Cast: Christian Bale, Bradley Cooper, Amy Adams, Jeremy Renner, Louis C.K., Jack Huston, Michael Pena and Jennifer Lawrence
Written By: David O. Russell and Eric Warren Singer
Directed By: David O. Russell
American Hustle is a lot funnier than you might expect from a movie based on the real-life ABSCAM scandal of the 70’s, an FBI sting operation which led to the conviction of numerous senators and other politicians for taking bribes. Director/co-writer David O. Russell isn’t very interested in giving a factual or detailed account of these events but rather loosely using this subject matter to create a showpiece for his actors, all of whom portray wild caricatures. Firing on all cylinders – impressively stylistic direction from Russell, a consistently clever screenplay and the best ensemble acting in quite some time – American Hustle is most certainly one of the best films of the year.
Christian Bale stars as Irving Rosenfeld, a small-time con man working alongside partner and lover Sydney Prosser (Amy Adams). When the two are caught engaging in some illegal activity by FBI Agent Richie DiMaso (Bradley Cooper), they are forced to work for DiMaso in helping him take down a web of corrupt politicians.
The characters are all morally ambiguous which leads to interesting dynamics between them and an ambivalence in who exactly we should be rooting for. Cooper’s DiMaso is a narcissitic loose-cannon who wants to entrap and take down politicians by means of bribery, entirely for his own professional gain. DiMaso doesn’t have a real passion in justice, his passion lies in moving up the ranks and proving that he’s “somebody”. Meanwhile, Camden, New Jersey Mayor Carmine Polito (Jeremy Renner), is accepting said bribes in order to help rebuild Atlantic City with the hope to boost the economy and bring more jobs to the community. So what’s right and what’s wrong? Breaking the law with good intentions or upholding the law with bad intentions?
Irving and Sydney are con artists, but the type of movie con artists who we can’t help but love even though they scam innocent people for a living. It helps that they’re endearingly played by Bale and Adams. Bale proves once again to be the chameleon of actors – able to take on any role and make the character believable. As Irving, Bale sports a bad combover, a big beer belly and an authentic New York accent which accentuates his slimy ways. Adams (looking sexy as ever) plays against type and is in rare form as a seductive, manipulating femme fatale. Complications arise as to who’s conning who; DiMaso begins to fall in love with Sydney and she possibly has feelings for him too, only he’s under the impression that she’s a British woman named Edith Greensly. Irving may well be in love with Prosser but he just so happens to have a wife and child at home. All of the characters live in a murky gray area and as the films tagline informs us, “We all hustle to survive.”
Russell is very clearly influenced by the directorial style of Martin Scorsese – with narration from multiple characters, the piercing camera zooms & tracking shots and many scenes deliberately accentuated by a popping 70’s soundtrack – you might even accuse him of thievery. That is, if Russell didn’t do it so well himself. The comparisons to Goodfellas will be evident but Russell manages to infuse enough of his own signature moves which he initiated in films like The Fighter and Silver Linings Playbook. Speaking of those, Russell shrewdly combines the casts of both, with silver liner’s Cooper and Jennifer Lawrence & fighter’s Bale and Adams. There’s also a brilliant cameo from a certain known movie mafioso that’s best left a surprise. He’s a certain someone who also appeared in Silver Linings Playbook and Goodfellas. Ok fine, it’s Robert De Niro.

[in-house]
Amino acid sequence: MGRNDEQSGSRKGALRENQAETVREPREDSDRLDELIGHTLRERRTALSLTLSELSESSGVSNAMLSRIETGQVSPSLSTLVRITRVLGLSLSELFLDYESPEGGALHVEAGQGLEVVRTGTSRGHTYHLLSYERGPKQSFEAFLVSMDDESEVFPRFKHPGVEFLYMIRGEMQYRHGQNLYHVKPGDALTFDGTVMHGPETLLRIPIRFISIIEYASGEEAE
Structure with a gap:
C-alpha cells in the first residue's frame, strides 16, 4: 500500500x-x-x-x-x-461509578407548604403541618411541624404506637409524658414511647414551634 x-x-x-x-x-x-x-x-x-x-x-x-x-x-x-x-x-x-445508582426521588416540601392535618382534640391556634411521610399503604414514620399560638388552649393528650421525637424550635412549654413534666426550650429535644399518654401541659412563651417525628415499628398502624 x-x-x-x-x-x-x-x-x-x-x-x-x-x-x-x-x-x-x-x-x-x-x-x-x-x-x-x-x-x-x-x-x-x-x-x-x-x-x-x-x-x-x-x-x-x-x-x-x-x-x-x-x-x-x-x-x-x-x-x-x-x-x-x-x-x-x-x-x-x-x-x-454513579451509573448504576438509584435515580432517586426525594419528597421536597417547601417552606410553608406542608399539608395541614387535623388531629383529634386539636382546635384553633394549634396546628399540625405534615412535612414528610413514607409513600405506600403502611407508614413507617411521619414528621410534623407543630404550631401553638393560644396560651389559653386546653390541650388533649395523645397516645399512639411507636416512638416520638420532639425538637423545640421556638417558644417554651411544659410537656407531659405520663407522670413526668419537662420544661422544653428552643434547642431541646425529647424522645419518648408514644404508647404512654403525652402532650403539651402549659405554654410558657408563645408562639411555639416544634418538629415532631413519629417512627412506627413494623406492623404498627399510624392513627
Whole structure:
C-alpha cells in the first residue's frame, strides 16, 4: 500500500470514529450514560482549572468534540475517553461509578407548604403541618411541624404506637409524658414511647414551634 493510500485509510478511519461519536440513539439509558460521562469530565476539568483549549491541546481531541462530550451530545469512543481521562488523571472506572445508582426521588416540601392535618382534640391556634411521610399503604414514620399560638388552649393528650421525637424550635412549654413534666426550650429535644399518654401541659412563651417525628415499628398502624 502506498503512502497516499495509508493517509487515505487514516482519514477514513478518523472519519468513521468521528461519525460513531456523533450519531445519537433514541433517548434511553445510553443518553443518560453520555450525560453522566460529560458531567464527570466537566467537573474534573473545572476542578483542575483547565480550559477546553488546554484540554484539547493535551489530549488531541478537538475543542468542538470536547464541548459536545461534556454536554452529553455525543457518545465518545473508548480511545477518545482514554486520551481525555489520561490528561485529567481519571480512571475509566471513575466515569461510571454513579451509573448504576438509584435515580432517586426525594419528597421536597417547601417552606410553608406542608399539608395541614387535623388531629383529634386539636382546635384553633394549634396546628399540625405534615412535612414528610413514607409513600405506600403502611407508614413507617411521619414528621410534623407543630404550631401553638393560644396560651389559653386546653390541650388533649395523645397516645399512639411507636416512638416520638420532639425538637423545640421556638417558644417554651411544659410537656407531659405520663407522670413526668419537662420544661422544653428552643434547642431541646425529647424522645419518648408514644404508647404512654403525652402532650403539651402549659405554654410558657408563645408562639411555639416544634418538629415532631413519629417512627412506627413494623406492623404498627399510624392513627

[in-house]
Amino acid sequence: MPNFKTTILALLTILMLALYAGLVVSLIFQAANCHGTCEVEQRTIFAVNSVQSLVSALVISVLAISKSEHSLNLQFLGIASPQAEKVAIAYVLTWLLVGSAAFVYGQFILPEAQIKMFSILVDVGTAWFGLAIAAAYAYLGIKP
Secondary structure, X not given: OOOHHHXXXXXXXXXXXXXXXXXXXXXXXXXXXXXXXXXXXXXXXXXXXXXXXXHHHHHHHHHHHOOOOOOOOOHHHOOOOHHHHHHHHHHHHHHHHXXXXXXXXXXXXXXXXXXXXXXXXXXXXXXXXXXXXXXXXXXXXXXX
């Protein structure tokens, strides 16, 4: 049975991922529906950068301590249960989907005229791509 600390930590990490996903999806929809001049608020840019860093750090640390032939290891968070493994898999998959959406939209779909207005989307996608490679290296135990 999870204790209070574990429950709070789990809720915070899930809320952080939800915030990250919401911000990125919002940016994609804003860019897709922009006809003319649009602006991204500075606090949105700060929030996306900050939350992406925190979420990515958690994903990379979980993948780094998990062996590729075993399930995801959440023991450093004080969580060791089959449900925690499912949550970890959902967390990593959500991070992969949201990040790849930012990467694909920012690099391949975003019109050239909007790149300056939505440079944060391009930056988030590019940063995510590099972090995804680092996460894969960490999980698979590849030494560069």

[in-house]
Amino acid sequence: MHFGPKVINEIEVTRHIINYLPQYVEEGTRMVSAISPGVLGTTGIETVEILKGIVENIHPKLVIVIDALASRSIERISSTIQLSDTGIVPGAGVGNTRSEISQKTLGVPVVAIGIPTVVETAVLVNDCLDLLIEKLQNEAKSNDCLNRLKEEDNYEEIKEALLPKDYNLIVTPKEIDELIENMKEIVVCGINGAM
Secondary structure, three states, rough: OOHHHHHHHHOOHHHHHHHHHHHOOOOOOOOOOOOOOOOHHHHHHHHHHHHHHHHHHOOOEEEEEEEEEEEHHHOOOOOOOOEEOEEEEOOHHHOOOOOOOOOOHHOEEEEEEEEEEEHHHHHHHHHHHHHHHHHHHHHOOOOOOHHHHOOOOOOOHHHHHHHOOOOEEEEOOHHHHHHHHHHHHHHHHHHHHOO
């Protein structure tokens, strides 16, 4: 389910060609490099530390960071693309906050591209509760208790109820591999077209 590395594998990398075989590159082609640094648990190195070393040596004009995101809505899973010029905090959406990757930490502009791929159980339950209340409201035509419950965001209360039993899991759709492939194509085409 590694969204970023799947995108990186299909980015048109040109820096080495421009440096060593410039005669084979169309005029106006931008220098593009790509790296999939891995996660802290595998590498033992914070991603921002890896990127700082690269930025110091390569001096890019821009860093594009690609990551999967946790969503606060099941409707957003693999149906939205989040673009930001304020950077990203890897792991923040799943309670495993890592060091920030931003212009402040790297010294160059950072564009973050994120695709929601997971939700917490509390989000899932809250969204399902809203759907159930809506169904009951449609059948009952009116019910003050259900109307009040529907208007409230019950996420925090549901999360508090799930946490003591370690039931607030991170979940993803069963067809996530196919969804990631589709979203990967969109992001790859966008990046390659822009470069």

What really makes this film are the performances – the story is always entertaining as the plot twists pile up, but more often than not Russell takes detours in narrative in favor of acting showcases. Bale and Adams anchor the film and in any other movie they might be considered the eccentric ones if it weren’t for Cooper and Lawrence’s whacked out performances. Cooper’s manic act isn’t so different from his role in Silver Linings but with a little more sleaze added to the mental instability this time around. Lawrence steals every scene she’s in as Irving’s shrill, outlandish wife Rosalyn. At 22-years-old, Lawrence seems like an odd choice to play a character who’s supposed to be at least a full decade older, but she pulls off the part of 70’s New Jersey housewife so well that no attention is paid to her youthfulness. There’s also a dynamite appearance by comedian Louis C.K. as Cooper’s timid FBI superior and constant victim to Cooper’s verbal (and physical) abuse. Some of the funniest scenes in the film feature the two men going at it.
American Hustle isn’t so much a crime thriller with a steady stream of comic relief as much as it is a dark comedy with a criminal undertone. It’s the type of film that leaves you feeling thoroughly entertained – getting more than your money’s worth on a night out at the movies. This is the type of smart adult entertainment that’s also accessible enough to be appreciated by just about any moviegoer – pleasing the intellectual and less sophisticated with equal measure. David O. Russell and his extremely talented cast have crafted the type of engrossing and enthralling film that you’ll want to revisit for years to come.